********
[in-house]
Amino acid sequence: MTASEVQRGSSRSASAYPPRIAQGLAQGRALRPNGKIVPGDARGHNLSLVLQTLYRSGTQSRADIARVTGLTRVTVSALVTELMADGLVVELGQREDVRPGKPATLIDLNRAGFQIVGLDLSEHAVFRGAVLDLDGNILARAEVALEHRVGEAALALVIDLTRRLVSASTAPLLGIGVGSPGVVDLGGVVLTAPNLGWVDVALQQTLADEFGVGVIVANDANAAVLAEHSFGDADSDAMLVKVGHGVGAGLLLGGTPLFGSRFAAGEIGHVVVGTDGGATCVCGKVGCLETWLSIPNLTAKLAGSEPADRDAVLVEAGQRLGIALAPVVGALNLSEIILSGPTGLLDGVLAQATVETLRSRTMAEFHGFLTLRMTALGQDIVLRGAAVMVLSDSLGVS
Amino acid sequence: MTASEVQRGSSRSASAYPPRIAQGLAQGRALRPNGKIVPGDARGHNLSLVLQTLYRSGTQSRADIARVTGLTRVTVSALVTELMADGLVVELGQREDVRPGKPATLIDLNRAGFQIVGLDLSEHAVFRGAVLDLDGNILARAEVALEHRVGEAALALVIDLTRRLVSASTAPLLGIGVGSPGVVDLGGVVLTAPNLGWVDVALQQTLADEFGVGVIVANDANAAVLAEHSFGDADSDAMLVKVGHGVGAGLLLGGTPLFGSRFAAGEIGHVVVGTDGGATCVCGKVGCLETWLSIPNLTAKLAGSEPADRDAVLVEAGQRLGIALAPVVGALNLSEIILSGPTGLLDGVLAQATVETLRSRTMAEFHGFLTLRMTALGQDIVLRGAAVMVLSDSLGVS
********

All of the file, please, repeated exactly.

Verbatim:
[in-house]
Amino acid sequence: MTASEVQRGSSRSASAYPPRIAQGLAQGRALRPNGKIVPGDARGHNLSLVLQTLYRSGTQSRADIARVTGLTRVTVSALVTELMADGLVVELGQREDVRPGKPATLIDLNRAGFQIVGLDLSEHAVFRGAVLDLDGNILARAEVALEHRVGEAALALVIDLTRRLVSASTAPLLGIGVGSPGVVDLGGVVLTAPNLGWVDVALQQTLADEFGVGVIVANDANAAVLAEHSFGDADSDAMLVKVGHGVGAGLLLGGTPLFGSRFAAGEIGHVVVGTDGGATCVCGKVGCLETWLSIPNLTAKLAGSEPADRDAVLVEAGQRLGIALAPVVGALNLSEIILSGPTGLLDGVLAQATVETLRSRTMAEFHGFLTLRMTALGQDIVLRGAAVMVLSDSLGVS
Amino acid sequence: MTASEVQRGSSRSASAYPPRIAQGLAQGRALRPNGKIVPGDARGHNLSLVLQTLYRSGTQSRADIARVTGLTRVTVSALVTELMADGLVVELGQREDVRPGKPATLIDLNRAGFQIVGLDLSEHAVFRGAVLDLDGNILARAEVALEHRVGEAALALVIDLTRRLVSASTAPLLGIGVGSPGVVDLGGVVLTAPNLGWVDVALQQTLADEFGVGVIVANDANAAVLAEHSFGDADSDAMLVKVGHGVGAGLLLGGTPLFGSRFAAGEIGHVVVGTDGGATCVCGKVGCLETWLSIPNLTAKLAGSEPADRDAVLVEAGQRLGIALAPVVGALNLSEIILSGPTGLLDGVLAQATVETLRSRTMAEFHGFLTLRMTALGQDIVLRGAAVMVLSDSLGVS